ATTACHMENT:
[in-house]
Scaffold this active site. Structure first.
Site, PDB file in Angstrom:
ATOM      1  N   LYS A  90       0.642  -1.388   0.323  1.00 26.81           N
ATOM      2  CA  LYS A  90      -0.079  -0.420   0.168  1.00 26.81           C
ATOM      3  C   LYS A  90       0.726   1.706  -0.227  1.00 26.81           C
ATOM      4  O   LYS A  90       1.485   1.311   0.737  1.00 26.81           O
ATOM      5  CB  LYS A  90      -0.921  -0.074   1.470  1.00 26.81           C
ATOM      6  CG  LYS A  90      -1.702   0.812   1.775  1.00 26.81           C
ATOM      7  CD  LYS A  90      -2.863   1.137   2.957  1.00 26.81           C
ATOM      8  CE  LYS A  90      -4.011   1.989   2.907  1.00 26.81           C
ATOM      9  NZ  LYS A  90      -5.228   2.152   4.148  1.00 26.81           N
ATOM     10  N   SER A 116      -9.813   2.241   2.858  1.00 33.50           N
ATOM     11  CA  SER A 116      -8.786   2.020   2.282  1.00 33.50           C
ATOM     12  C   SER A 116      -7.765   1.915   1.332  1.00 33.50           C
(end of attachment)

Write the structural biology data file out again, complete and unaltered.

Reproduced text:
[in-house]
Scaffold this active site. Structure first.
Site, PDB file in Angstrom:
ATOM      1  N   LYS A  90       0.642  -1.388   0.323  1.00 26.81           N
ATOM      2  CA  LYS A  90      -0.079  -0.420   0.168  1.00 26.81           C
ATOM      3  C   LYS A  90       0.726   1.706  -0.227  1.00 26.81           C
ATOM      4  O   LYS A  90       1.485   1.311   0.737  1.00 26.81           O
ATOM      5  CB  LYS A  90      -0.921  -0.074   1.470  1.00 26.81           C
ATOM      6  CG  LYS A  90      -1.702   0.812   1.775  1.00 26.81           C
ATOM      7  CD  LYS A  90      -2.863   1.137   2.957  1.00 26.81           C
ATOM      8  CE  LYS A  90      -4.011   1.989   2.907  1.00 26.81           C
ATOM      9  NZ  LYS A  90      -5.228   2.152   4.148  1.00 26.81           N
ATOM     10  N   SER A 116      -9.813   2.241   2.858  1.00 33.50           N
ATOM     11  CA  SER A 116      -8.786   2.020   2.282  1.00 33.50           C
ATOM     12  C   SER A 116      -7.765   1.915   1.332  1.00 33.50           C